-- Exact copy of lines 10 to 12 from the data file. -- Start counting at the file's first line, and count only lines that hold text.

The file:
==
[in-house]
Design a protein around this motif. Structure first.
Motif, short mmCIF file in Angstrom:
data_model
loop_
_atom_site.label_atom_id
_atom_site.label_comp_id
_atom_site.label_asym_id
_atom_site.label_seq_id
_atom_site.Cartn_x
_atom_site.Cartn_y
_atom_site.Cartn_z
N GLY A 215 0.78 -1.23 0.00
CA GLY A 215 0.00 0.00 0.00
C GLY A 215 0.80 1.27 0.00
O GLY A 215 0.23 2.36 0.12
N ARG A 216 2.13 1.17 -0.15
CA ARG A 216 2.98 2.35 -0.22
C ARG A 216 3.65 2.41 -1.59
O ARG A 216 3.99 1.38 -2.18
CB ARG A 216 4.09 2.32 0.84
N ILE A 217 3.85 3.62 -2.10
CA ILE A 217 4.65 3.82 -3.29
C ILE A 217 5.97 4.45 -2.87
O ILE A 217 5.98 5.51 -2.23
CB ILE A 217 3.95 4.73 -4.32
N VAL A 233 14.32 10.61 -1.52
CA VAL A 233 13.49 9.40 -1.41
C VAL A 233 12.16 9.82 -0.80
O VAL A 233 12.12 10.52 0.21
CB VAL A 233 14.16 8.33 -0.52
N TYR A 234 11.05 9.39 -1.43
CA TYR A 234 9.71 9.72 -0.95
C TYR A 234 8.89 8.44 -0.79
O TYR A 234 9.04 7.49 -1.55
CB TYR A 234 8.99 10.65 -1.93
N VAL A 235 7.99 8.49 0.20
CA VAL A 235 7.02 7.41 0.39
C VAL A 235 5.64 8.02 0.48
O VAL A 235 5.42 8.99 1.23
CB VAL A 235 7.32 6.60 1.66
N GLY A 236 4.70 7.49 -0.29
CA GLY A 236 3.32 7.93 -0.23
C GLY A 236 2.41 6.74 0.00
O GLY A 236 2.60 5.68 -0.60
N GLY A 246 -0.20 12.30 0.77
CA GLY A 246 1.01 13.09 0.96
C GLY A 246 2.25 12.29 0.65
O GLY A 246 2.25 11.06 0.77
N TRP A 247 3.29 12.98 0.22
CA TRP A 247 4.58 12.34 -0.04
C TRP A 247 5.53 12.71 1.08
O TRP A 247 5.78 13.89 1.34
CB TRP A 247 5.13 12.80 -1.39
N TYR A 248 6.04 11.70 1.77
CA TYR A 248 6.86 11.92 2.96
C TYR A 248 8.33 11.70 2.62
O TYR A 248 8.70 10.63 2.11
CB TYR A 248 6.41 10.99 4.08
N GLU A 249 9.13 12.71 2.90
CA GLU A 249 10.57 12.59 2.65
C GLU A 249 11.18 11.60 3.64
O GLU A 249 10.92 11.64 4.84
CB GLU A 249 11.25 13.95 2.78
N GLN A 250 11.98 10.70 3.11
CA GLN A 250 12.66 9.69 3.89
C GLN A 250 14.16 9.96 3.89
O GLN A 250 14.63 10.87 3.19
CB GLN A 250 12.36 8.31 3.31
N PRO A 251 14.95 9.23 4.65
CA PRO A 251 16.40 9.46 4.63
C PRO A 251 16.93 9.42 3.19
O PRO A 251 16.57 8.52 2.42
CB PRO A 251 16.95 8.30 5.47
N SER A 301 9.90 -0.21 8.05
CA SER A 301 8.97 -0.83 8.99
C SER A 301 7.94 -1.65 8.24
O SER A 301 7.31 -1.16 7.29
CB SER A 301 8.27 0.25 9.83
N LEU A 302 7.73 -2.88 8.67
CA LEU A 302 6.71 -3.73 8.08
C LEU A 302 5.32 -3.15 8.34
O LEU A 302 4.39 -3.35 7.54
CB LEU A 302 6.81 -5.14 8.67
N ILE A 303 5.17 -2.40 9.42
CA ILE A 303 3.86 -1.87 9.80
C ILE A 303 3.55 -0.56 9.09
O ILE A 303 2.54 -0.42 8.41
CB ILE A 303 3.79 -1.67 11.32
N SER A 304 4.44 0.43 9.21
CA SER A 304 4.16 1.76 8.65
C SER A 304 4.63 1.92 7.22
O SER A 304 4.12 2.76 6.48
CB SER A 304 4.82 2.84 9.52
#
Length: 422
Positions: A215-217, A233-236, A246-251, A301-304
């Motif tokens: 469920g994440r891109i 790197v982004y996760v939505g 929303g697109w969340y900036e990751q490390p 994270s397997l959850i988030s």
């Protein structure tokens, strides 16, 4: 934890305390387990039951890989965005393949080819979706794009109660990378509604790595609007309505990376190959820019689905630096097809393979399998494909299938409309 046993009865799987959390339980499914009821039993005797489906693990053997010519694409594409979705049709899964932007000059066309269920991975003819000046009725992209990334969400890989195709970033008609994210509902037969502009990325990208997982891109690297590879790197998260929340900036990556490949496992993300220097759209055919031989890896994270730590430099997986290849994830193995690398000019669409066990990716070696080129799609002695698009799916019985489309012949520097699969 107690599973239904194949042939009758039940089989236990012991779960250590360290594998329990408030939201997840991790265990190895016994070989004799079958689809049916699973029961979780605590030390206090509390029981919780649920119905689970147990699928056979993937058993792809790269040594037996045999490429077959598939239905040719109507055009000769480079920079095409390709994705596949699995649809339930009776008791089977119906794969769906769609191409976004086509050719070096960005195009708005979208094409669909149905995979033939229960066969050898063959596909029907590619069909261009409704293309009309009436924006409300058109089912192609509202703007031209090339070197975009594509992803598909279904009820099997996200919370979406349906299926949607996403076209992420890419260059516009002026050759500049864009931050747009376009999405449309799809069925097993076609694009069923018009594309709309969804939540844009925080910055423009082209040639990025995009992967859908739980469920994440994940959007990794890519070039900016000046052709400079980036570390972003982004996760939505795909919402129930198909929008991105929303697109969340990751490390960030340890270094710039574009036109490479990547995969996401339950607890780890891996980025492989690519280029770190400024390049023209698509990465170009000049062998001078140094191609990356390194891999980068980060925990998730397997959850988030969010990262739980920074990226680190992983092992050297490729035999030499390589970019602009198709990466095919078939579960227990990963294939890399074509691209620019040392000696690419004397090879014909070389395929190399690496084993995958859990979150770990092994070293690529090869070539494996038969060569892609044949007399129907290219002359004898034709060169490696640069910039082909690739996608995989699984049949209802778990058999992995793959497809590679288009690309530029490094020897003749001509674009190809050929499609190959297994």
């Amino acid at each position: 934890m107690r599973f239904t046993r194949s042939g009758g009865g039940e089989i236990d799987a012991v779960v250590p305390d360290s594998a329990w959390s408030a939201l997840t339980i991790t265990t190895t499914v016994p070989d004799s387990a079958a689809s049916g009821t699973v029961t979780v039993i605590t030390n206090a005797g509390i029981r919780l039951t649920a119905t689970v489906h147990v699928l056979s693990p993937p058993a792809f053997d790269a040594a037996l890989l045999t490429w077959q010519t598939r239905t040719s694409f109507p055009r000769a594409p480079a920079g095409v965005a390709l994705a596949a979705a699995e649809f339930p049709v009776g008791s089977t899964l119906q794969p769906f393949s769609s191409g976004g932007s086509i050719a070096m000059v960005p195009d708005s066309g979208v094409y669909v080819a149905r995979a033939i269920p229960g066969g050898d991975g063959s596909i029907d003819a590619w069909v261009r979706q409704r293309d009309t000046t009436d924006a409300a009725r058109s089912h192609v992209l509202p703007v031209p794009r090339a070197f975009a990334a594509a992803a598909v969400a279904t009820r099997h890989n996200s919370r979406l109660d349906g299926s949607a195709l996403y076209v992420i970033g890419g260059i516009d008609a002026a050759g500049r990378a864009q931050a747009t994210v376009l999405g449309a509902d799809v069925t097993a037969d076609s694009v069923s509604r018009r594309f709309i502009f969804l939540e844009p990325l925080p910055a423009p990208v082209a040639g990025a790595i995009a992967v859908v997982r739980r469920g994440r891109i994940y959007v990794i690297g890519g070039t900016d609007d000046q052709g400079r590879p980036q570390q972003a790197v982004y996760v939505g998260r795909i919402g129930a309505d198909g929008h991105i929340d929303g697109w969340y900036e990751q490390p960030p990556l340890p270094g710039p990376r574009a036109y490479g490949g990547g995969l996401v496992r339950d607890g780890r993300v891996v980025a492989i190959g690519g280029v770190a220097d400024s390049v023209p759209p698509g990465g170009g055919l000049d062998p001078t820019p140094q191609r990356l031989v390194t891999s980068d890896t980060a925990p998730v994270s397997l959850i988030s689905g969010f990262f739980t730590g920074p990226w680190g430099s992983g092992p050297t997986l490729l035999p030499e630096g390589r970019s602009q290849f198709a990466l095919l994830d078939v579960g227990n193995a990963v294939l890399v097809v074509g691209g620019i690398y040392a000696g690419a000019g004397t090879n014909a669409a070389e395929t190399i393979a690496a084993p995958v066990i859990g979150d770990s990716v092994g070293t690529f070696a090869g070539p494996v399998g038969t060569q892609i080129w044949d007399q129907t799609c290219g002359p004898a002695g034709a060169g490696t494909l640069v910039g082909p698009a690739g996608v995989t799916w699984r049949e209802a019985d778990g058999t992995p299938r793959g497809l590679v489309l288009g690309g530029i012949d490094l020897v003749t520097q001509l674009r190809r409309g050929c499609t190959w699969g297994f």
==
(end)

_atom_site.Cartn_x
_atom_site.Cartn_y
_atom_site.Cartn_z